Tuesday, February 24, 2009
The Washington Post reports that technology is being developed that allows genetic testing for Down Syndrome to occur earlier in pregnancy and with more accuracy. Two contrasing perspectives in the article:
"For 50 years, folks have been working to develop a noninvasive genetic test for Down syndrome," said Sequenom chief executive Harry Stylii. "People have described it as the Holy Grail of genetic testing. We are on the cusp of delivering that."
It's a "Holy Grail" with some ominous implications, of course:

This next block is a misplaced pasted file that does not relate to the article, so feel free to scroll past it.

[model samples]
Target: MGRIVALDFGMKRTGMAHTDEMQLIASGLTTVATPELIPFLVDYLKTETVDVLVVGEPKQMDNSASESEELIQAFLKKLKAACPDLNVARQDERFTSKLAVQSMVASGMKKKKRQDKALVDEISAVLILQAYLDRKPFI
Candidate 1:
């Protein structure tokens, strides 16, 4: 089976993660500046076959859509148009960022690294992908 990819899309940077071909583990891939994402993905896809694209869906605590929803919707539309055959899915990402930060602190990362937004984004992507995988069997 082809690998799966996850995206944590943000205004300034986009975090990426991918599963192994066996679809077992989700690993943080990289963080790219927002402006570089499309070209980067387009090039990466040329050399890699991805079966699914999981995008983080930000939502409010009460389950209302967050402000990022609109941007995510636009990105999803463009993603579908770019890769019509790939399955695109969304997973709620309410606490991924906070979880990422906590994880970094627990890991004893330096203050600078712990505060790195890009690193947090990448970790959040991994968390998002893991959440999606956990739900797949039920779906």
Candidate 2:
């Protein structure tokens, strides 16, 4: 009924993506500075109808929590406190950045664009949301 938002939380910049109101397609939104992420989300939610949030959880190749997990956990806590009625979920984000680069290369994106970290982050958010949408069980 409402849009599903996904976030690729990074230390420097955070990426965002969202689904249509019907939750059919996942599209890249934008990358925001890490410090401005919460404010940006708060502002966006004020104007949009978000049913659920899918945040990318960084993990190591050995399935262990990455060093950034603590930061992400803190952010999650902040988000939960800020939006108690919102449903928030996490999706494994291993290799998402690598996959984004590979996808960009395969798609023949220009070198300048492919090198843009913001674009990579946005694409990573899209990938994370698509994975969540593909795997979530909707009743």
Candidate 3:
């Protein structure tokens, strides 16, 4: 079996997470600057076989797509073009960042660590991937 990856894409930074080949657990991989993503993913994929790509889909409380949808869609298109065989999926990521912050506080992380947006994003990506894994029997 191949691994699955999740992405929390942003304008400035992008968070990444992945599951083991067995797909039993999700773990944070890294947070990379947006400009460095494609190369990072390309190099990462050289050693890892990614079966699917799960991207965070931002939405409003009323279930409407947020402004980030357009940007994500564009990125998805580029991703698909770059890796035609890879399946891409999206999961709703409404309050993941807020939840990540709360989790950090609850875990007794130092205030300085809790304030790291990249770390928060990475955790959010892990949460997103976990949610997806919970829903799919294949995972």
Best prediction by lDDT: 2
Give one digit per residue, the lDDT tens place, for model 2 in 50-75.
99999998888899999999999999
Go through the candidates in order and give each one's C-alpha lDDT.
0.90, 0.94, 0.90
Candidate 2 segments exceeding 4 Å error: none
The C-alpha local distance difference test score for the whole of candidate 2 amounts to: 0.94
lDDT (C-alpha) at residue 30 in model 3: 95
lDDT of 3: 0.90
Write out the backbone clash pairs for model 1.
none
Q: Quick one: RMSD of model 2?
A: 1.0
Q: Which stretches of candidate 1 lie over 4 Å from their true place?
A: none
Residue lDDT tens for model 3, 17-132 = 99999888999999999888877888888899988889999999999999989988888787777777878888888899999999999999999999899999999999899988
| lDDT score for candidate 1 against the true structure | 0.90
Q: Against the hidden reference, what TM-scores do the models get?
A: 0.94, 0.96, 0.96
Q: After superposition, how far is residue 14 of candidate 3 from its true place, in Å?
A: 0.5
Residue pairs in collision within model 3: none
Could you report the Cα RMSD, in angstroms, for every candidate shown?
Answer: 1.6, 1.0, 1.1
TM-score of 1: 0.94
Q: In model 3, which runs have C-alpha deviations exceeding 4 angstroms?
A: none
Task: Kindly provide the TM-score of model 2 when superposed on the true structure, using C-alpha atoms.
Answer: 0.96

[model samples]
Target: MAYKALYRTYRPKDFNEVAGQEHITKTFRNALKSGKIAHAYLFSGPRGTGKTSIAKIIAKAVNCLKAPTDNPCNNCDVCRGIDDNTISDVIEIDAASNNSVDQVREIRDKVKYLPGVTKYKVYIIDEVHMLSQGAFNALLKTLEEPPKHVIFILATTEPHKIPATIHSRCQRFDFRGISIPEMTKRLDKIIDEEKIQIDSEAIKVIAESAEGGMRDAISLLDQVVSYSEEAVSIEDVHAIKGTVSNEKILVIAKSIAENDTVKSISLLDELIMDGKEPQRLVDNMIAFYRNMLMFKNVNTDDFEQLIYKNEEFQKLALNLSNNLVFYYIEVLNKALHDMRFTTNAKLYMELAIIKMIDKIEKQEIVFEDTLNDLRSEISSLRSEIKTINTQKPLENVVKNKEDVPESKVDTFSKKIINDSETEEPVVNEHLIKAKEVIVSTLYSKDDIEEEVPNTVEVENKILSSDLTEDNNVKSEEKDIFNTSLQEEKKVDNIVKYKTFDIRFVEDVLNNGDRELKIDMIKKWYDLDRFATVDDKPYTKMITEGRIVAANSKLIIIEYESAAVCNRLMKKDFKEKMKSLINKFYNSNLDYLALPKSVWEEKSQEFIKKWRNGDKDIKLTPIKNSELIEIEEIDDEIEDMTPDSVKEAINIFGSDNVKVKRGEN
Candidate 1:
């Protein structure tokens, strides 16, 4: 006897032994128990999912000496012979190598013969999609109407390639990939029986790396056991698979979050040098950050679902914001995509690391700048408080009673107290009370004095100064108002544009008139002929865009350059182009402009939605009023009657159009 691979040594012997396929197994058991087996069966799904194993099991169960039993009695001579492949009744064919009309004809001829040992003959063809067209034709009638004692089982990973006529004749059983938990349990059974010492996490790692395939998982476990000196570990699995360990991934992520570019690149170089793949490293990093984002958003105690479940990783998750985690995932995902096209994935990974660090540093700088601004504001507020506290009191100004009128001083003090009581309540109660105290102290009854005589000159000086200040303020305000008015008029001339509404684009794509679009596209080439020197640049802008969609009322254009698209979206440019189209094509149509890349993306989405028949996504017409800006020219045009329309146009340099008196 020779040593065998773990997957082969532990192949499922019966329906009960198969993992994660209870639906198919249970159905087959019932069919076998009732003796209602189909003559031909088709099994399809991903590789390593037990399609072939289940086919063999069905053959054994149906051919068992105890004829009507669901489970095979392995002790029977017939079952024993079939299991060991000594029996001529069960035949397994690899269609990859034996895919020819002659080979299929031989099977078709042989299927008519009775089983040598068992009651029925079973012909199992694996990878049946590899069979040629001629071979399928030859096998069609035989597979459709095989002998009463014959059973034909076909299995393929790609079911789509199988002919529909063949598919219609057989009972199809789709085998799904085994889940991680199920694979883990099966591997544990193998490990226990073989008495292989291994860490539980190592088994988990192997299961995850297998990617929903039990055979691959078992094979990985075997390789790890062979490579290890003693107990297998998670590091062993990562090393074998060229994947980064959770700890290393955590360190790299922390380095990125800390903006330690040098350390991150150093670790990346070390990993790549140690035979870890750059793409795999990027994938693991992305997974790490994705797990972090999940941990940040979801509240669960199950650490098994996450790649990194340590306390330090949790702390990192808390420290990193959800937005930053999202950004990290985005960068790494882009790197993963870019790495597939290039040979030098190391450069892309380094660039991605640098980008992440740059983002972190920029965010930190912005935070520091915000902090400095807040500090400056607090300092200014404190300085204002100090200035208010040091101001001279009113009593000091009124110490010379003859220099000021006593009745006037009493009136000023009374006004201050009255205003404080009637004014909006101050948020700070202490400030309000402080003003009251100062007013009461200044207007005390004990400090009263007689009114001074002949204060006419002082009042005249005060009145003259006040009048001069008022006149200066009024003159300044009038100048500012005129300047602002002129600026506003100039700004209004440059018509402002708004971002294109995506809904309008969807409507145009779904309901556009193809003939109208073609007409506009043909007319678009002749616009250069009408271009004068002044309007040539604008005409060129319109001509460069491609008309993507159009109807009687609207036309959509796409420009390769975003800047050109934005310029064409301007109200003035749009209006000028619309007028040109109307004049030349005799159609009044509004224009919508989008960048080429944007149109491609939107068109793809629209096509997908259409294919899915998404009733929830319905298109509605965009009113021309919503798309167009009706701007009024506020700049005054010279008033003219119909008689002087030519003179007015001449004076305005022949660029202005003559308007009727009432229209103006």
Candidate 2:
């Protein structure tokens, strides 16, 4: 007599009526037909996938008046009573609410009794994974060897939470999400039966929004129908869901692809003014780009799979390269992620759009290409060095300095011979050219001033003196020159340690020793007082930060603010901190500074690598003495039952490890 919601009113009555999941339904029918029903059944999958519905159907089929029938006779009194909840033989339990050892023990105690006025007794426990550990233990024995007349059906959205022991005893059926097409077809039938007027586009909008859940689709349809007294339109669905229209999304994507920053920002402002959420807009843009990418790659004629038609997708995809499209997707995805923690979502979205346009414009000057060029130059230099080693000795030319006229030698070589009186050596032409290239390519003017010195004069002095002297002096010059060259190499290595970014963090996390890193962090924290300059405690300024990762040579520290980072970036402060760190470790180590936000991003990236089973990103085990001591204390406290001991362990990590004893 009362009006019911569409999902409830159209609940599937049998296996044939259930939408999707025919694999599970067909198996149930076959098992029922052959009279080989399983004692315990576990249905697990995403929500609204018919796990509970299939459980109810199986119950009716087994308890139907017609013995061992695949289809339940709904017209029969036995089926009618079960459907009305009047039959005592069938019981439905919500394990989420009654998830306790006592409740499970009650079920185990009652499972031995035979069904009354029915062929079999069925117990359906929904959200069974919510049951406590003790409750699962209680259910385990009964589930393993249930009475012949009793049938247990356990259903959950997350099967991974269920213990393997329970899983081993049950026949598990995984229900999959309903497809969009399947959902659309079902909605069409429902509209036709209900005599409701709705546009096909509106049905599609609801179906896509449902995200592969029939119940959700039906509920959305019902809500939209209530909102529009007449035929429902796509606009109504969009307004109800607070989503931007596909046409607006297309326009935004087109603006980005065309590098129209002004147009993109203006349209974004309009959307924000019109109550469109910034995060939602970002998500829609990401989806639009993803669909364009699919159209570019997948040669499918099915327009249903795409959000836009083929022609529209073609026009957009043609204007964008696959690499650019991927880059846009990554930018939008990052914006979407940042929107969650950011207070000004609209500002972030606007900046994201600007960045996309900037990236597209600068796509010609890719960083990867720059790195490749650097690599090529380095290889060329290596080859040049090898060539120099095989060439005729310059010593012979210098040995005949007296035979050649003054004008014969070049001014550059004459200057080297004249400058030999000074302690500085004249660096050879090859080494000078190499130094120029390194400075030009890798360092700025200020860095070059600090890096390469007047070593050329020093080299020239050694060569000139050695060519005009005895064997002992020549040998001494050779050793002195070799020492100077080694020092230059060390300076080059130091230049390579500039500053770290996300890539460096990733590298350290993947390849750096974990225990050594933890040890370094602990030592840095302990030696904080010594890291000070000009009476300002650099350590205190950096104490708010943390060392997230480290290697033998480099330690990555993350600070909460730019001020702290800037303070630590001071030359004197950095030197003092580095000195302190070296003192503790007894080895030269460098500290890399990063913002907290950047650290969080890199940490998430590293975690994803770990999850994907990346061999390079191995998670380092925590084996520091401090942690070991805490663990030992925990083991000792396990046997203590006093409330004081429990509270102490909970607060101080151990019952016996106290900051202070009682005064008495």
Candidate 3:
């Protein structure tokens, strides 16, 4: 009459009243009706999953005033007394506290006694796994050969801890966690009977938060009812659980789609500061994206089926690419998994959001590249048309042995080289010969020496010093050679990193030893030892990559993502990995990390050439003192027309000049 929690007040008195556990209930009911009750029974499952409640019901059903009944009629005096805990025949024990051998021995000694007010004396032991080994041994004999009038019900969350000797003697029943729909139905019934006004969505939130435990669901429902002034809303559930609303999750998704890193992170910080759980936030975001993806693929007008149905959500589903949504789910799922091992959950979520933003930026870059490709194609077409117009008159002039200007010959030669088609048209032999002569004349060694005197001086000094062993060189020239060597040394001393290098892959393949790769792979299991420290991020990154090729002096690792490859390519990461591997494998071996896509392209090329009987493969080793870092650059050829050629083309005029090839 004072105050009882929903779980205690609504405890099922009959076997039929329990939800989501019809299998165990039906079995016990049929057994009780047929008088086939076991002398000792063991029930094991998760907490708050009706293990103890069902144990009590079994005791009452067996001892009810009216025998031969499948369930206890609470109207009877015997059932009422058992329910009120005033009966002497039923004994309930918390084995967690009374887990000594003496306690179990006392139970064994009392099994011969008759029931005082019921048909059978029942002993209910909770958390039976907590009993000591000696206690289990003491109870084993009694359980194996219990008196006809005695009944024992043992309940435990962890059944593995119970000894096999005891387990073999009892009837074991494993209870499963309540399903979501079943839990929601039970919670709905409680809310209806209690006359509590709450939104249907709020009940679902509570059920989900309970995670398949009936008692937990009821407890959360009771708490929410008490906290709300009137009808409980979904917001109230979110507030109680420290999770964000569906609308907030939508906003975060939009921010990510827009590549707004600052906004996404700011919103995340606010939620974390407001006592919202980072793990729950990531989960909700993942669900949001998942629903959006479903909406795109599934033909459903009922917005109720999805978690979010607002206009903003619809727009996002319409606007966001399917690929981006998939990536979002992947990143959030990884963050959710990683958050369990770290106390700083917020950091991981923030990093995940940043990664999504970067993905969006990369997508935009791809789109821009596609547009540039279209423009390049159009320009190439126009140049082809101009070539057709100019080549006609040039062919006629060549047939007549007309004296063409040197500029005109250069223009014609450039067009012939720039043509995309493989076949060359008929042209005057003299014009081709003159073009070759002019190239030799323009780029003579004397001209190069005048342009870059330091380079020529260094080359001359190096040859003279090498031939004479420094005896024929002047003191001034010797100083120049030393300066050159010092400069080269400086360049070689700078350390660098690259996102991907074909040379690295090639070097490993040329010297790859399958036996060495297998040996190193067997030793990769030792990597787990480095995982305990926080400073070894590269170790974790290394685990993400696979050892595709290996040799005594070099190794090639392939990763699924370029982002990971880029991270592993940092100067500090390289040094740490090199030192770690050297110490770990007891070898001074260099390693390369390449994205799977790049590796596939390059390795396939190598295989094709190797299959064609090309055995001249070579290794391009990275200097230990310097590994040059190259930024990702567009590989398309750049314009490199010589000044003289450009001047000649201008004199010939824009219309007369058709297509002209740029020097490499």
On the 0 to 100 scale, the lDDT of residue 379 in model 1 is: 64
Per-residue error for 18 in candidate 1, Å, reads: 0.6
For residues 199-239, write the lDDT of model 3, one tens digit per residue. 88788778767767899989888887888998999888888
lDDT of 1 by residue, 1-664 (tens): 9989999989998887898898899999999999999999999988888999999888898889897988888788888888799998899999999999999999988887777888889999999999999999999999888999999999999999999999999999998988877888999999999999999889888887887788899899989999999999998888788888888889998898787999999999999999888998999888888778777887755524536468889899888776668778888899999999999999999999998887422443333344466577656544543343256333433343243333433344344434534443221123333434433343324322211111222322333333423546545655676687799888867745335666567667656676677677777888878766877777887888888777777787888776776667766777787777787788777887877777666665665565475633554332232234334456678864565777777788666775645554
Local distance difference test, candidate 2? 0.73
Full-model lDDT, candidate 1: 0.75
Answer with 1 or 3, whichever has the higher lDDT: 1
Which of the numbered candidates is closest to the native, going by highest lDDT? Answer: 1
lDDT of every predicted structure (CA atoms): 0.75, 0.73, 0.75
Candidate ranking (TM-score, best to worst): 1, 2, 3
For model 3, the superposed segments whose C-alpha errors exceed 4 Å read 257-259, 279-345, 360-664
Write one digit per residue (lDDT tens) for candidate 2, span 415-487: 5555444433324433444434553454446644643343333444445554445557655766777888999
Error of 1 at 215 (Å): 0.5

"We have a nation of physicians who are unprepared for explaining a diagnosis of Down syndrome," said Brian Skotko, a physician at Children's Hospital in Boston who works with the National Down Syndrome Society. "Many overemphasize the negative consequences or outright urge women to terminate their pregnancies."
Skotko, whose sister has Down syndrome, predicted such tests would result in fewer babies being born with the condition. "Every day my sister teaches me lots of life lessons -- to laugh when others are mocking me, to keep on trying when obstacles are thrown my way," he said. "If there were a world with fewer people with Down syndrome, I think the world would miss all these important lessons."